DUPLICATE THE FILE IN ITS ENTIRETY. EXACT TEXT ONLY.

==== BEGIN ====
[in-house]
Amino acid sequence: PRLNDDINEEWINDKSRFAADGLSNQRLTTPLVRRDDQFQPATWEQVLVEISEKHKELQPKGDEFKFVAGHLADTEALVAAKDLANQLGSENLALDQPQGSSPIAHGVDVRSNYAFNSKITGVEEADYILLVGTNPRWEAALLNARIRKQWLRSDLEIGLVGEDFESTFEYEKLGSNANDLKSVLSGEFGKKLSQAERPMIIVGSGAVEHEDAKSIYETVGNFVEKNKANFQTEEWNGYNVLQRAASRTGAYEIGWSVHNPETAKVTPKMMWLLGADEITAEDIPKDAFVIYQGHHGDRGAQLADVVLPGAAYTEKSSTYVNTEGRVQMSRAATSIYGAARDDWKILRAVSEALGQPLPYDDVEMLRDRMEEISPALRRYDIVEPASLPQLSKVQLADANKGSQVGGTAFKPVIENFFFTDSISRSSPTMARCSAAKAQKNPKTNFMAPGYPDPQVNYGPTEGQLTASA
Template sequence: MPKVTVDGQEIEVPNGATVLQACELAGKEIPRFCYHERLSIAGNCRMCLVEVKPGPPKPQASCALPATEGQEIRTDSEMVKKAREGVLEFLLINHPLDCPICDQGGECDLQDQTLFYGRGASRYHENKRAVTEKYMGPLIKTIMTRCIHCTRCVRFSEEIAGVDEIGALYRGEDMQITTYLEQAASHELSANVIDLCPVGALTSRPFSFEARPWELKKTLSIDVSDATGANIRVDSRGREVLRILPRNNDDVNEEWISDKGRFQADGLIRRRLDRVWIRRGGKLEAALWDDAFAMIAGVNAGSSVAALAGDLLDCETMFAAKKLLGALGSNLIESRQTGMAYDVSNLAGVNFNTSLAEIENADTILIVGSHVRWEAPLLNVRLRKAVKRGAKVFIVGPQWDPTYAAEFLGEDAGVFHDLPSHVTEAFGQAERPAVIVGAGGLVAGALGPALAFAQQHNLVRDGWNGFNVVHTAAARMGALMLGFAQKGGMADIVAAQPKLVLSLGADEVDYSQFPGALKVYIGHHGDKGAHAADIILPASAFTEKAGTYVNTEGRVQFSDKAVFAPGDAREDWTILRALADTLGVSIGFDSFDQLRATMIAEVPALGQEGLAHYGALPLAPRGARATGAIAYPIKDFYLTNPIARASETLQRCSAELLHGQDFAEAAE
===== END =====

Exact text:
[in-house]
Amino acid sequence: PRLNDDINEEWINDKSRFAADGLSNQRLTTPLVRRDDQFQPATWEQVLVEISEKHKELQPKGDEFKFVAGHLADTEALVAAKDLANQLGSENLALDQPQGSSPIAHGVDVRSNYAFNSKITGVEEADYILLVGTNPRWEAALLNARIRKQWLRSDLEIGLVGEDFESTFEYEKLGSNANDLKSVLSGEFGKKLSQAERPMIIVGSGAVEHEDAKSIYETVGNFVEKNKANFQTEEWNGYNVLQRAASRTGAYEIGWSVHNPETAKVTPKMMWLLGADEITAEDIPKDAFVIYQGHHGDRGAQLADVVLPGAAYTEKSSTYVNTEGRVQMSRAATSIYGAARDDWKILRAVSEALGQPLPYDDVEMLRDRMEEISPALRRYDIVEPASLPQLSKVQLADANKGSQVGGTAFKPVIENFFFTDSISRSSPTMARCSAAKAQKNPKTNFMAPGYPDPQVNYGPTEGQLTASA
Template sequence: MPKVTVDGQEIEVPNGATVLQACELAGKEIPRFCYHERLSIAGNCRMCLVEVKPGPPKPQASCALPATEGQEIRTDSEMVKKAREGVLEFLLINHPLDCPICDQGGECDLQDQTLFYGRGASRYHENKRAVTEKYMGPLIKTIMTRCIHCTRCVRFSEEIAGVDEIGALYRGEDMQITTYLEQAASHELSANVIDLCPVGALTSRPFSFEARPWELKKTLSIDVSDATGANIRVDSRGREVLRILPRNNDDVNEEWISDKGRFQADGLIRRRLDRVWIRRGGKLEAALWDDAFAMIAGVNAGSSVAALAGDLLDCETMFAAKKLLGALGSNLIESRQTGMAYDVSNLAGVNFNTSLAEIENADTILIVGSHVRWEAPLLNVRLRKAVKRGAKVFIVGPQWDPTYAAEFLGEDAGVFHDLPSHVTEAFGQAERPAVIVGAGGLVAGALGPALAFAQQHNLVRDGWNGFNVVHTAAARMGALMLGFAQKGGMADIVAAQPKLVLSLGADEVDYSQFPGALKVYIGHHGDKGAHAADIILPASAFTEKAGTYVNTEGRVQFSDKAVFAPGDAREDWTILRALADTLGVSIGFDSFDQLRATMIAEVPALGQEGLAHYGALPLAPRGARATGAIAYPIKDFYLTNPIARASETLQRCSAELLHGQDFAEAAE